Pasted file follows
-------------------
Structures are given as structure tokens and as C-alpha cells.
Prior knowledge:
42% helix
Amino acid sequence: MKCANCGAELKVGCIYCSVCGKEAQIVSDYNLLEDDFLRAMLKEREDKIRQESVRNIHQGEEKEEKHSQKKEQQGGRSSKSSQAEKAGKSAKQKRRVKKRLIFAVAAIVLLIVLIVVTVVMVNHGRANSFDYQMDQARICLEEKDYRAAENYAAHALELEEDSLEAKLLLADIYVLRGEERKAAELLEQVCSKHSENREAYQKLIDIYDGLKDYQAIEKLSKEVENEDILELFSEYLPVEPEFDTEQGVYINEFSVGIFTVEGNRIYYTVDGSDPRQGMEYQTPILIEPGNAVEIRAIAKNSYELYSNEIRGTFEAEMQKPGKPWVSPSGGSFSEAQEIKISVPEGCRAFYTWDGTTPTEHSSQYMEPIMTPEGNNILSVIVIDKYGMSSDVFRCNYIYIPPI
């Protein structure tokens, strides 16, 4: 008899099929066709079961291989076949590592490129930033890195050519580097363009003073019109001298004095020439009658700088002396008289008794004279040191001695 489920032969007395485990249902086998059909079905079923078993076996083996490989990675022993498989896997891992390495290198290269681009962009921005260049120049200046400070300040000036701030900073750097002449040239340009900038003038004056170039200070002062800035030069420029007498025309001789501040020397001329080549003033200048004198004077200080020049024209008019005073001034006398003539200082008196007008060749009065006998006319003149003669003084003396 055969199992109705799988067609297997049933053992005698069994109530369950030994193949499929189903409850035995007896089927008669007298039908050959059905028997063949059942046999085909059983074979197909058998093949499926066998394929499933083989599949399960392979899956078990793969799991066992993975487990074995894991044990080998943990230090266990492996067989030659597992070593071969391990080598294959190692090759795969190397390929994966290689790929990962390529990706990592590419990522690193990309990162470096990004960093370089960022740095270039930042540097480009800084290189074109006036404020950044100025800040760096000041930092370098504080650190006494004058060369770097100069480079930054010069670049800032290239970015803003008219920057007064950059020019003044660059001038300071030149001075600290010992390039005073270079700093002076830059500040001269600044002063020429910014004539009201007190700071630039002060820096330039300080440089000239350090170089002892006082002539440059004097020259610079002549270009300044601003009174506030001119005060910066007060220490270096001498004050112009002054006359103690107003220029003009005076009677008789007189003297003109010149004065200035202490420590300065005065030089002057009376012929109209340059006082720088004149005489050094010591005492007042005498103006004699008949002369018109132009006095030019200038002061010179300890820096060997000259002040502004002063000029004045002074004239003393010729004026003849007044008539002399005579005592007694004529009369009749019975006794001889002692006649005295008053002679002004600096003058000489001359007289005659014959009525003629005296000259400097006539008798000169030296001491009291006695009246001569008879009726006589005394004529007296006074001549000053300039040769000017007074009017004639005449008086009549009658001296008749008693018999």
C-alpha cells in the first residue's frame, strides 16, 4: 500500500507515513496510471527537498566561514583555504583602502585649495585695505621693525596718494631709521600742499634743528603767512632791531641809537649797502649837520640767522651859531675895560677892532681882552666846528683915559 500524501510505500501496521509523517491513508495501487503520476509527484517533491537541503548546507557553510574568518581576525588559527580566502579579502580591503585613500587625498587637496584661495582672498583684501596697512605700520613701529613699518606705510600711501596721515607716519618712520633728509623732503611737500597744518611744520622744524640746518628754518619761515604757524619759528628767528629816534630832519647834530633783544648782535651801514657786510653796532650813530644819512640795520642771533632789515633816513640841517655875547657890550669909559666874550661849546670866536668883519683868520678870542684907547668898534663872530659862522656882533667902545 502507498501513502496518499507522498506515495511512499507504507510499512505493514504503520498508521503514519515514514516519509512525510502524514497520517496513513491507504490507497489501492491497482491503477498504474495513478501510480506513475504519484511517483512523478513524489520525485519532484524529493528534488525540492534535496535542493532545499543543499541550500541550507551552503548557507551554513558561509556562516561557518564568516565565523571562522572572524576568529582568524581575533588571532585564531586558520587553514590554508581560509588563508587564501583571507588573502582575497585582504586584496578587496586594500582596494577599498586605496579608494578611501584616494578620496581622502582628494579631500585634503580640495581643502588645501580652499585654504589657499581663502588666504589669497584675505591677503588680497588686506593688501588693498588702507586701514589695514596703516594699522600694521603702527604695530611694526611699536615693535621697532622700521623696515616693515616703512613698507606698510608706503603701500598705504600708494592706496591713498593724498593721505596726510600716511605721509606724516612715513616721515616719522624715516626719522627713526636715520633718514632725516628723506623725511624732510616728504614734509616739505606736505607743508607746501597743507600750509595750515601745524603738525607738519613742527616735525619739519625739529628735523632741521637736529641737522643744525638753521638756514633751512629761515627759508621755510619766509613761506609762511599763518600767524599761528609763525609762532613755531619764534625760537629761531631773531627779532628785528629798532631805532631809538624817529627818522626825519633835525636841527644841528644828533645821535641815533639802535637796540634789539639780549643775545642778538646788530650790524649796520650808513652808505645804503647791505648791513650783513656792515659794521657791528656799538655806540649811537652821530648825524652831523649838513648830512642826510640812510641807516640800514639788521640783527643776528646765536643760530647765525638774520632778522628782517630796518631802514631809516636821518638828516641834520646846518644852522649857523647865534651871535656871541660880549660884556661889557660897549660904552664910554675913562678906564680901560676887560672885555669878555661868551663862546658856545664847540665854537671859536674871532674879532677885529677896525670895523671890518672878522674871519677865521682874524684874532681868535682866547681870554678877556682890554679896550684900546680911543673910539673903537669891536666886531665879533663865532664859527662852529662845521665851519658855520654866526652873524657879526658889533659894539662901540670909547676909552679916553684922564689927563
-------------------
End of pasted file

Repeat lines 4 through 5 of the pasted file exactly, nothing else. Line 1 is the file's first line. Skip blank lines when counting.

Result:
Amino acid sequence: MKCANCGAELKVGCIYCSVCGKEAQIVSDYNLLEDDFLRAMLKEREDKIRQESVRNIHQGEEKEEKHSQKKEQQGGRSSKSSQAEKAGKSAKQKRRVKKRLIFAVAAIVLLIVLIVVTVVMVNHGRANSFDYQMDQARICLEEKDYRAAENYAAHALELEEDSLEAKLLLADIYVLRGEERKAAELLEQVCSKHSENREAYQKLIDIYDGLKDYQAIEKLSKEVENEDILELFSEYLPVEPEFDTEQGVYINEFSVGIFTVEGNRIYYTVDGSDPRQGMEYQTPILIEPGNAVEIRAIAKNSYELYSNEIRGTFEAEMQKPGKPWVSPSGGSFSEAQEIKISVPEGCRAFYTWDGTTPTEHSSQYMEPIMTPEGNNILSVIVIDKYGMSSDVFRCNYIYIPPI
């Protein structure tokens, strides 16, 4: 008899099929066709079961291989076949590592490129930033890195050519580097363009003073019109001298004095020439009658700088002396008289008794004279040191001695 489920032969007395485990249902086998059909079905079923078993076996083996490989990675022993498989896997891992390495290198290269681009962009921005260049120049200046400070300040000036701030900073750097002449040239340009900038003038004056170039200070002062800035030069420029007498025309001789501040020397001329080549003033200048004198004077200080020049024209008019005073001034006398003539200082008196007008060749009065006998006319003149003669003084003396 055969199992109705799988067609297997049933053992005698069994109530369950030994193949499929189903409850035995007896089927008669007298039908050959059905028997063949059942046999085909059983074979197909058998093949499926066998394929499933083989599949399960392979899956078990793969799991066992993975487990074995894991044990080998943990230090266990492996067989030659597992070593071969391990080598294959190692090759795969190397390929994966290689790929990962390529990706990592590419990522690193990309990162470096990004960093370089960022740095270039930042540097480009800084290189074109006036404020950044100025800040760096000041930092370098504080650190006494004058060369770097100069480079930054010069670049800032290239970015803003008219920057007064950059020019003044660059001038300071030149001075600290010992390039005073270079700093002076830059500040001269600044002063020429910014004539009201007190700071630039002060820096330039300080440089000239350090170089002892006082002539440059004097020259610079002549270009300044601003009174506030001119005060910066007060220490270096001498004050112009002054006359103690107003220029003009005076009677008789007189003297003109010149004065200035202490420590300065005065030089002057009376012929109209340059006082720088004149005489050094010591005492007042005498103006004699008949002369018109132009006095030019200038002061010179300890820096060997000259002040502004002063000029004045002074004239003393010729004026003849007044008539002399005579005592007694004529009369009749019975006794001889002692006649005295008053002679002004600096003058000489001359007289005659014959009525003629005296000259400097006539008798000169030296001491009291006695009246001569008879009726006589005394004529007296006074001549000053300039040769000017007074009017004639005449008086009549009658001296008749008693018999």